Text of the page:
Archive for March 5th, 2011
Being an international relations person, my focus has been on Egypt, Libya and the price of oil for the last few weeks. I’ve noticed domestic politics out the corner of my eye, the protests in Wisconsin, and a push to eliminate or curtail collective bargaining rights for public unions. Although being a member of a public labor union (AFUM, associated with MEA/NEA) and a campus local President, I’m not yet emotionally engaged in the issue, and I think just as the Democratic push in 2009 caused a swing the Republicans last year, the GOP is set to help the Democrats out with an overreach of their own.
The narrative reads good for Democrats. A Wisconsin governor says there is a budget crisis and the state is broke. There are budget issues, but the state isn’t broke — and its Republican policies that helped cause the short fall. However, blame is placed on public unions — teachers, snow plow drivers, state workers — and because they won’t allow cuts to their benefits and pay thanks to tough union contracts, the unions must be defanged to save the budget.
But, they are willing to make cuts. They and the Democrats will agree to the budget absent the language sharply curtailing their collective bargaining rights (saying unions can only negotiate raises up to a cost of living increase, cannot negotiate benefits). In short, the GOP could claim victory in Wisconsin at a low political price — the unions caved and Scott Walker could at this point have presided over winning a huge budget battle.
But he didn’t. It wasn’t really about the budget, it was about going after unions. Public unions give a lot of support to Democrats, and if they could be cut to size (Walker compares it to the air traffic controller strike when Reagan broke PATCO) then presumably the Democrats would lose money and support. Republicans retort that the whole controversy is a sham, created by the fact the Democrats left the state and aren’t doing their job! Of course in 1840s none other than Abraham Lincoln leaped out of the capital building in Springfield, IL to prevent there from being a quorum. And Lincoln is revered by Republicans as having been the first Republican President.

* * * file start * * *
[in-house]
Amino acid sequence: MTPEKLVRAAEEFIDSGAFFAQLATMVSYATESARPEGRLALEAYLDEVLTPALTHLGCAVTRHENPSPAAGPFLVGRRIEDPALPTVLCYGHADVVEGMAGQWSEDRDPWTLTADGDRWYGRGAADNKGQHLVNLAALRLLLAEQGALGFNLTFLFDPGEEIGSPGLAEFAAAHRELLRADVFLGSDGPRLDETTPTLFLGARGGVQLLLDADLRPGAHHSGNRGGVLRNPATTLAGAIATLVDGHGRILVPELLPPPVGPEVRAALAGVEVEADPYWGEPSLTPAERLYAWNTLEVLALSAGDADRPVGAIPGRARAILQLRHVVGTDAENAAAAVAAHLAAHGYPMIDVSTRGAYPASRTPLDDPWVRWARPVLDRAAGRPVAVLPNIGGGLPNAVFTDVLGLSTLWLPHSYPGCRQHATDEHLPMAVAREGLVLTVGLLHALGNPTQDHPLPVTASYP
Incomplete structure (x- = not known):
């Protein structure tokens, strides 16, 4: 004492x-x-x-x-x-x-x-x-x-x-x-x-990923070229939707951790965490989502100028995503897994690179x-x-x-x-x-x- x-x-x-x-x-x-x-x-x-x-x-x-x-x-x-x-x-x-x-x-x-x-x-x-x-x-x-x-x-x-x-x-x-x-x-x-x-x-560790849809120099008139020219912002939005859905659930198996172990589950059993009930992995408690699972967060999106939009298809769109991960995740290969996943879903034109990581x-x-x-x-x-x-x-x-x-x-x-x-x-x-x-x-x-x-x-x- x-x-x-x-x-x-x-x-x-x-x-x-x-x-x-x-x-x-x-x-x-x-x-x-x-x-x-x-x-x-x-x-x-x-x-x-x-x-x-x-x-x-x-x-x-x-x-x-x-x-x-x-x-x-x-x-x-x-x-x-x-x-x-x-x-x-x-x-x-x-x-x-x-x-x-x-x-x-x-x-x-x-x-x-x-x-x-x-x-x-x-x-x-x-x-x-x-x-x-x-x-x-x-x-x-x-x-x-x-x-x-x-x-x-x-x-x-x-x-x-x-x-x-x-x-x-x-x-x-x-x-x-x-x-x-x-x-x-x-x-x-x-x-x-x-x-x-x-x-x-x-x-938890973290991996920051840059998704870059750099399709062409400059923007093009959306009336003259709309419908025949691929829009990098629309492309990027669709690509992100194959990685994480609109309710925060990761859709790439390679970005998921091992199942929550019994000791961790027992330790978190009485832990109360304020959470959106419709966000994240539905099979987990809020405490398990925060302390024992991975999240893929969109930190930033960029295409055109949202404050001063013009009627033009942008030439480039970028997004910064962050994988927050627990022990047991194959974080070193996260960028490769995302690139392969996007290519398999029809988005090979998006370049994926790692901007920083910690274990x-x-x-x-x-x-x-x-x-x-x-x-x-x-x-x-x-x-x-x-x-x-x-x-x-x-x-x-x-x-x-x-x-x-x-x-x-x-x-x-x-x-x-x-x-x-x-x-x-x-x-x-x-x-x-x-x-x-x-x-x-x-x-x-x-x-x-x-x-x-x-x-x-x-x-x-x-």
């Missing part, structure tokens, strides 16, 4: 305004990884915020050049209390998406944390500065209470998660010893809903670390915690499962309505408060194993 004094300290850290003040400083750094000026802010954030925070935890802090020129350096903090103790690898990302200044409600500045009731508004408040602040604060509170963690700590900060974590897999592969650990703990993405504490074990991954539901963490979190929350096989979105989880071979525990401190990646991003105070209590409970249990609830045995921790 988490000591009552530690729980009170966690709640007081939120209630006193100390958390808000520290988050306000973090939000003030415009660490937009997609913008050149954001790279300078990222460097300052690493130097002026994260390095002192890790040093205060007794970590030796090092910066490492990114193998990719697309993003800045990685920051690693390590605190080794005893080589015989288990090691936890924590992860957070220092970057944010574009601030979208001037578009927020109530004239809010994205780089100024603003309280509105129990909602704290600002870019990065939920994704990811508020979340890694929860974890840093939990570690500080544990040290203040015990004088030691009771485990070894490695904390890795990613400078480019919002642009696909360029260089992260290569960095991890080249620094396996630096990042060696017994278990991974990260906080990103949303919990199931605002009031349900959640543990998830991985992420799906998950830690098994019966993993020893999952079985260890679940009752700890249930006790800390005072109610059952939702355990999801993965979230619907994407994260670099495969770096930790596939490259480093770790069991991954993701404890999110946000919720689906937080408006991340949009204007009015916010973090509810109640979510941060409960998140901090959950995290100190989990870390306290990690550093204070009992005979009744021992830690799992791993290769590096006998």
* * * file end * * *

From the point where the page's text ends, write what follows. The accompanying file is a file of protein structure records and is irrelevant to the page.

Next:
Politically, the issue is energizing Democratic constituencies across the country, and as Obama does things like refusing to defend DOMA which the DOJ has deemed unconstitutional (they’ll still enforce it, just not defend it in court) and sides with Labor in a very emotional and visible stand off, the fear that Obama’s base won’t be motivated in 2012 is slipping away. Nothing like a Scott Walker like character (with provocative quotes from a prank call even) to energize the base.
The Democrats also have to be pleased with another emerging story line. The Democrats blame Wall Street, big money, big banks, and the wealthy for the problem, and want them to pay just a little more tax dollars to help the budget come into balance. This alongside a plethora of growing publicity to the increasing size of the gap between rich and poor, with the middle class disappearing, works to the Democrats favor. Now when the Republicans charge them with “class warfare,” they’ll point to the war being waged on teachers, and a host of public employees, many with tough blue collar job. Which war is more just? Attack the teachers but protect the rich?
As Republican Governors go on record cutting benefits and reducing regulations protecting the environment and consumer rights, while the House of Representatives has to make concrete budget cutting suggestions, the Democrats will have a lot of ammo to use against the Republicans in 2012. Probably not enough to take back the House or have the kind of year the GOP had in 2010, but probably enough to hold the Senate and allow President Obama to win a second term. The political winds are shifting again, and the way it feels is much like it did in 2009 when the GOP base started to get angry about Obama.
The economy is the wild card, of course. If current trends for job growth and reduction in unemployment continue, things will look very good for the Democrats in 2012. If high oil prices cause another recessionary dip, President Obama will have a real fight on his hands to win re-election.
I will post more soon about the role of public unions, and call on my own experience as a guide. For now, however, as I focus on Libya and throw quick glances towards Wisconsin, I’m sensing a counter-tea party brewing. The electorate in 2012 will be browner, more Democratic, younger and more diverse than it was in 2010. The Democrats took their lumps in 2010 and will have to deal with the consequences of losing big for the next two years. Some of these consequences may be far reaching. But one consequence may be to help the Democrats politically in the 2012 elections.
UPDATE: Rasmussen, a polling agency usually with a slight GOP/conservative tilt, finds Scott Walker in trouble in Wisconsin, with over 60% disapproving of his job performance. This is a strong sign that even if he wins this battle, he is likely to lose the war.